November 6, 1946
Dr. William B. Castle
Boston City Hospital
I now have a graduate student (Harvey Itano, M.D.) beginning work on the problem of
the relation between the nature of the hemoglobin in sickle cell anemia and the phenomenon
He has not found any references in the literature to the work that you were telling
me about, which, if I remember correctly, indicated that the dividing line between
sickling and non-sickling came at 50 percent oxygenation of the hemoglobin or 50 percent
combination with carbon monoxide. Could you tell me whether you and your collaborators
have published any of this work, send me reprints if it has been published, and send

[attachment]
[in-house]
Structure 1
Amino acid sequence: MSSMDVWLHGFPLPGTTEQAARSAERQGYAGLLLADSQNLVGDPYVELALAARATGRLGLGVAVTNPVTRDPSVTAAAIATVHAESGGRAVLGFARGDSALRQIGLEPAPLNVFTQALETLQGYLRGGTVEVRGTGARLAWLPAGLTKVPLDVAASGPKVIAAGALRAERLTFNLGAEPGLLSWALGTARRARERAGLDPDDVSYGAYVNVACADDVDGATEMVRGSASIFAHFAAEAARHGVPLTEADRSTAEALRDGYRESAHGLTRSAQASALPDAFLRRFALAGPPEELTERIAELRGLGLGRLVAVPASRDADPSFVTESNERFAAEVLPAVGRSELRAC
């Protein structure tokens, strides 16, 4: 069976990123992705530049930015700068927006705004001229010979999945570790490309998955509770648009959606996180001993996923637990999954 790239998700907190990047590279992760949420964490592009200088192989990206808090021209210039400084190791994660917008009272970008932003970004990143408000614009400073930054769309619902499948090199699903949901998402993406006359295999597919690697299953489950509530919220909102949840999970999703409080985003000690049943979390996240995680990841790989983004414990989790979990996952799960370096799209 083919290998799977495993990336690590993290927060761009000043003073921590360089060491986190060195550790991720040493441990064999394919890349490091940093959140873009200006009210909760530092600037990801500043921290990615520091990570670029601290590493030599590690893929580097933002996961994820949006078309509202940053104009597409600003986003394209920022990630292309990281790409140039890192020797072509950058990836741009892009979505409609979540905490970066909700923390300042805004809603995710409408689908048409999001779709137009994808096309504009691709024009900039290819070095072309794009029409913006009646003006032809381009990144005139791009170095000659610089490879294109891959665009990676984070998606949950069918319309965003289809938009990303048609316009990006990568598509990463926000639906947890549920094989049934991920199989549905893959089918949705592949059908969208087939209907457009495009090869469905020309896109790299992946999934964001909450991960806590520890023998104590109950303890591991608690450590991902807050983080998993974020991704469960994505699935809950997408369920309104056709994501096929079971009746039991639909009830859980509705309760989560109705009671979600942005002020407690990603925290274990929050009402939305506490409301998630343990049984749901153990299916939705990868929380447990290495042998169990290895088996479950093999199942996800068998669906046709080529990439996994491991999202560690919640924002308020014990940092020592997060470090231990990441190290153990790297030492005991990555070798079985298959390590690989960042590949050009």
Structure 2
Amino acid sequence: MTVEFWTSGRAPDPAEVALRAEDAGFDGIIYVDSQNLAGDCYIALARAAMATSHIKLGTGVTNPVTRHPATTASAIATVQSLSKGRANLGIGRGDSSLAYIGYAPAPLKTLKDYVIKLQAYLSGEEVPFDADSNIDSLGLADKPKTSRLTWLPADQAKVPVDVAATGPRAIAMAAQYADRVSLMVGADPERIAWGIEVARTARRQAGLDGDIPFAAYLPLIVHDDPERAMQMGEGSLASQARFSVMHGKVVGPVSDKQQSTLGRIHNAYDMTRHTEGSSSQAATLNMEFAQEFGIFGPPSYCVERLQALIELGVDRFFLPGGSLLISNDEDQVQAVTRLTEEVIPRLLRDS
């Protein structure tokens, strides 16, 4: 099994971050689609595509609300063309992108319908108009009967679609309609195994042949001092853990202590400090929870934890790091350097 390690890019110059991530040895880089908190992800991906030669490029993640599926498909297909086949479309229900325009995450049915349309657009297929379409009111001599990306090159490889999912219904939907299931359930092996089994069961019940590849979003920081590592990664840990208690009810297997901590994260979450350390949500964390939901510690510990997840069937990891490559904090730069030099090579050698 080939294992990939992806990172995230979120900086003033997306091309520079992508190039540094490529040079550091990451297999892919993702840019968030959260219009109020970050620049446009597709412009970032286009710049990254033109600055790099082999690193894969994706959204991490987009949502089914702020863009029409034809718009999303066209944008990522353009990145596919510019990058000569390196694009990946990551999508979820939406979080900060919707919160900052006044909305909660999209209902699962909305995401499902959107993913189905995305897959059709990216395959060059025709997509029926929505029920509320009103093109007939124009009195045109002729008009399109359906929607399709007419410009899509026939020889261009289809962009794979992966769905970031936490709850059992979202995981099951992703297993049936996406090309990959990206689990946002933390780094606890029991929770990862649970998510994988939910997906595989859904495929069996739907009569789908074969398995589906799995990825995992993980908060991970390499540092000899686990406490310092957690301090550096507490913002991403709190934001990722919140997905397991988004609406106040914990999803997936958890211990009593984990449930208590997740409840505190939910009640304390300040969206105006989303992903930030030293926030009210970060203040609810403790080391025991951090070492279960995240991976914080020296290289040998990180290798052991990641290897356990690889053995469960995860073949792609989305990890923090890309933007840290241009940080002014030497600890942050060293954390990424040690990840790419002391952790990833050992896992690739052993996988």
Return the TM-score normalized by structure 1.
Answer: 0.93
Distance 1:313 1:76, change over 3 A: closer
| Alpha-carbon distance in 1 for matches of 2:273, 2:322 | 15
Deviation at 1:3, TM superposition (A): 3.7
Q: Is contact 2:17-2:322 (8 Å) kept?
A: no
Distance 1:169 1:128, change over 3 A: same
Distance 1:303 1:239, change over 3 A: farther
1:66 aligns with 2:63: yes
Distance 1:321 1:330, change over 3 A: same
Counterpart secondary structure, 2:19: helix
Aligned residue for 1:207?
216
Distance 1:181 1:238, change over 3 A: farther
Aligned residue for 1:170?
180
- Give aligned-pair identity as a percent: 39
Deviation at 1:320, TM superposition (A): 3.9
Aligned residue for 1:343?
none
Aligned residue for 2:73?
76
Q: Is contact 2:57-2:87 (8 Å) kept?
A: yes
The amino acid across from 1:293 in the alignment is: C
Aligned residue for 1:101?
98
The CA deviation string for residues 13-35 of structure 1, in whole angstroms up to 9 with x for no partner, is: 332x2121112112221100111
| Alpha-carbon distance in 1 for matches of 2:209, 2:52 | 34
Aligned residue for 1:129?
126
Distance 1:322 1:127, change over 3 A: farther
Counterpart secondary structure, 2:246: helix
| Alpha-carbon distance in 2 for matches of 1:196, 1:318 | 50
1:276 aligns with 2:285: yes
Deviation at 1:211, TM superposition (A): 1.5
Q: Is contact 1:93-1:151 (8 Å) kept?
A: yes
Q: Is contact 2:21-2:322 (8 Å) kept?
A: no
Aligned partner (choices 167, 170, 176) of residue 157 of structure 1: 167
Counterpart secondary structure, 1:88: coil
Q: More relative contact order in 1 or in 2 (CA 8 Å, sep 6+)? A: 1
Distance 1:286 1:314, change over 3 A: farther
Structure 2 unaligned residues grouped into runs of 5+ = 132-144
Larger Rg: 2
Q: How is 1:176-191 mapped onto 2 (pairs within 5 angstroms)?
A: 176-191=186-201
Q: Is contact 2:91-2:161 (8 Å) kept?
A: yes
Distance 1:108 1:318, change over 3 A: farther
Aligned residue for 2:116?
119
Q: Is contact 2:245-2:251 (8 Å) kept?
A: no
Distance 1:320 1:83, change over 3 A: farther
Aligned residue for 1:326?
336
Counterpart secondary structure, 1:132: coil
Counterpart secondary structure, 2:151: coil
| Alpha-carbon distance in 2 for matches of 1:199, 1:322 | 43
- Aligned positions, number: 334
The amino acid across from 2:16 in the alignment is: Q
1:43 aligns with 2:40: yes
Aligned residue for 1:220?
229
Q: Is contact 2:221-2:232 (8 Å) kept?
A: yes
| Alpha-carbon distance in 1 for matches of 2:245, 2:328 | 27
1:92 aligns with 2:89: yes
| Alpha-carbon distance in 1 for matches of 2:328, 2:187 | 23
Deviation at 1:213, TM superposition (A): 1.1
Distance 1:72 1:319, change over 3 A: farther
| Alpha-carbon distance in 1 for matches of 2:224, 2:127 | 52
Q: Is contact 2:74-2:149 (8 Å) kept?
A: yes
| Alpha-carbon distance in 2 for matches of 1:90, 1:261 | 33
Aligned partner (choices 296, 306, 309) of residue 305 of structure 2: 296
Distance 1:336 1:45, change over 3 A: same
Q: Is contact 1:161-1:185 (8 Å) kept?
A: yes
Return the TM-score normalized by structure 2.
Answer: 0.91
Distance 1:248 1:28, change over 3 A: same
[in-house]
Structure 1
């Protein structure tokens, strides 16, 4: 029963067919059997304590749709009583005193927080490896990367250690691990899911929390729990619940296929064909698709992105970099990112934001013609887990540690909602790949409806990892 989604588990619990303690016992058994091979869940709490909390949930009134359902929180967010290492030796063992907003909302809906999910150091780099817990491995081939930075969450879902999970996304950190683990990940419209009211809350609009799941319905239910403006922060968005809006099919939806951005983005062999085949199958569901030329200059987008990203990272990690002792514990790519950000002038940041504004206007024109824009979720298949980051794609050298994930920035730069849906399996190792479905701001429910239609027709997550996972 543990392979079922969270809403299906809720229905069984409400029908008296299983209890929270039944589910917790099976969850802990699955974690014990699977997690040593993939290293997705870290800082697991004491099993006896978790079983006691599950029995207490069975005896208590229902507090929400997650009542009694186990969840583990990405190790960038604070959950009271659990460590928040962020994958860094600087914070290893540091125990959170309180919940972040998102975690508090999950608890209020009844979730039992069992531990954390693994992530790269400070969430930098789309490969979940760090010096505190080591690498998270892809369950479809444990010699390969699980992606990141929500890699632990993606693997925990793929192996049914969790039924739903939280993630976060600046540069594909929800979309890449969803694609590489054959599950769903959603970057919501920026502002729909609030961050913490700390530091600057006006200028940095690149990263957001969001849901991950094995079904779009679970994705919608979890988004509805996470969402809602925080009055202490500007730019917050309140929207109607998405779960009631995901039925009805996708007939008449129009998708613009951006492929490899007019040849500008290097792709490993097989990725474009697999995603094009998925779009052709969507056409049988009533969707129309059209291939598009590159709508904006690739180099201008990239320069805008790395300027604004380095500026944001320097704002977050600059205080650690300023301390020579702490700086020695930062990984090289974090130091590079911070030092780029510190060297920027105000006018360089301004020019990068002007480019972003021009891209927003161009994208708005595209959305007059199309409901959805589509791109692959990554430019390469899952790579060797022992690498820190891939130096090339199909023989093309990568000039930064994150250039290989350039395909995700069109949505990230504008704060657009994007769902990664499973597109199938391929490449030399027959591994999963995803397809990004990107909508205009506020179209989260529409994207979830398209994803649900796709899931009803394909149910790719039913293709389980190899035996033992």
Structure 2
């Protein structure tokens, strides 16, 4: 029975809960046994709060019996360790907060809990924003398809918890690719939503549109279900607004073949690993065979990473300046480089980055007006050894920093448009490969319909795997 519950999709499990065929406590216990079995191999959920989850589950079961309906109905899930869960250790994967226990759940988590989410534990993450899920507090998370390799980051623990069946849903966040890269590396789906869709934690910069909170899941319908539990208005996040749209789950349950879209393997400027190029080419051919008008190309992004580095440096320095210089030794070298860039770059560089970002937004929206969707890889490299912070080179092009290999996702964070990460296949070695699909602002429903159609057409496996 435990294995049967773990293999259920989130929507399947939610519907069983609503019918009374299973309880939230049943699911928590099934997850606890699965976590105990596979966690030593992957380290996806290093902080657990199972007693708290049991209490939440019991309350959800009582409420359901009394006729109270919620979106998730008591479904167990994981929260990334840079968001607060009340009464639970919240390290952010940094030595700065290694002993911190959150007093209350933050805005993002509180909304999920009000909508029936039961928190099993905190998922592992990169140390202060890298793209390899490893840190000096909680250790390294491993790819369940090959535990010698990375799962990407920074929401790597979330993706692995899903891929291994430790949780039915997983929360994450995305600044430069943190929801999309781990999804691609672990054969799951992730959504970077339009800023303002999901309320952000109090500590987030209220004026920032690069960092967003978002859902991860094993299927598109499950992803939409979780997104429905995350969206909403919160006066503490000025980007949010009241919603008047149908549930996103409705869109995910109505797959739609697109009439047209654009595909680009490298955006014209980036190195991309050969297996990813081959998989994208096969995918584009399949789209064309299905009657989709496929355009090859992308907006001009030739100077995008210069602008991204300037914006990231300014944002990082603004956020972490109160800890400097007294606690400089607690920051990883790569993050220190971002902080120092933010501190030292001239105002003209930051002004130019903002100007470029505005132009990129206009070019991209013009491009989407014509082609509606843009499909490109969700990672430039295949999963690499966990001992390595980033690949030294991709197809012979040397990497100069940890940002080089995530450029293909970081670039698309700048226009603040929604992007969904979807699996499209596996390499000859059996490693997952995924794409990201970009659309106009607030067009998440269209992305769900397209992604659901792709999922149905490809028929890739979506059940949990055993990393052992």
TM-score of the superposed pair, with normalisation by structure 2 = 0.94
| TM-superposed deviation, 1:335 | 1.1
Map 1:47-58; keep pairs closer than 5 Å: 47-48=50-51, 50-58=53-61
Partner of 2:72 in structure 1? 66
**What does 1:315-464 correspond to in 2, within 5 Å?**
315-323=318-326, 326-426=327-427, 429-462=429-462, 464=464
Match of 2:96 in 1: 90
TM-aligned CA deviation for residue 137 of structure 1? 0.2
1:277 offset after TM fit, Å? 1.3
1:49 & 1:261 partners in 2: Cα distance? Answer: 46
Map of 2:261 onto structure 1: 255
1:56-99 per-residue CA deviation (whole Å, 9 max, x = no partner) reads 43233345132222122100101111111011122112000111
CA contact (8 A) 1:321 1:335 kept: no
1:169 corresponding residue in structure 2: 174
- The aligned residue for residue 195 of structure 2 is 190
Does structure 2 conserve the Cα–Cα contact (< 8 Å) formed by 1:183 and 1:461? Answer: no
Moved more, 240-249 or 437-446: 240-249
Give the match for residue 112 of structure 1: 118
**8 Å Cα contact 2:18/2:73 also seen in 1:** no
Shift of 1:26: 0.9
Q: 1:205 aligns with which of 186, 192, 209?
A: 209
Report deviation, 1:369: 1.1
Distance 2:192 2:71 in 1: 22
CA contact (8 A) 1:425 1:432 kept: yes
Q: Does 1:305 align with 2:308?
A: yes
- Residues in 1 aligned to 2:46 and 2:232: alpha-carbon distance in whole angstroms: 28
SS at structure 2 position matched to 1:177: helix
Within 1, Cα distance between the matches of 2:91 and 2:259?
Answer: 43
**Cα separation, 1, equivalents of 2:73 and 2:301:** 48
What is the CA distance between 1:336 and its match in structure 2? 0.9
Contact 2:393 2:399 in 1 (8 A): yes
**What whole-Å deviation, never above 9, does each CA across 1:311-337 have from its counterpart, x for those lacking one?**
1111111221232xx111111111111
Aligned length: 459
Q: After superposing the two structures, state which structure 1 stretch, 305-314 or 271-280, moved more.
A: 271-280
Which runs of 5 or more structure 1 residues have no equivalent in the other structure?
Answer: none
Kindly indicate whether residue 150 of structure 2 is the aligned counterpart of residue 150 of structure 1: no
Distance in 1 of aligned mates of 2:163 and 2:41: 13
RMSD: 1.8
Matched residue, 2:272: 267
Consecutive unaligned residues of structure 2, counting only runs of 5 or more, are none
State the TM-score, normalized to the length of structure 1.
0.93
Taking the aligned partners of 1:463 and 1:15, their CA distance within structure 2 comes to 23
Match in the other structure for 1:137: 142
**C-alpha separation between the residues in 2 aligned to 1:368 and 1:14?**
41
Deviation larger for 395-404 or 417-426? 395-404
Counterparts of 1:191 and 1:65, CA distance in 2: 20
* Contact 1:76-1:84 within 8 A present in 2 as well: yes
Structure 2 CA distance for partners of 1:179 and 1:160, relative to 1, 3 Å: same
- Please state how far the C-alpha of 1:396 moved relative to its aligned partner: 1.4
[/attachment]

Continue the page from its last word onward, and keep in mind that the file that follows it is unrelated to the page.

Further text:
me a brief statement about the results if it has not been published.
Last summer Dr. Burch told me that he felt sure that the phenomenon was due to a large
amount of carbon dioxide. I have read his papers, and it seems to me that all of
his results can be explained by assuming that the carbon dioxide treatment removes
We are hoping to get some interesting results by studying other compounds of hemoglobin.
With best regards, I am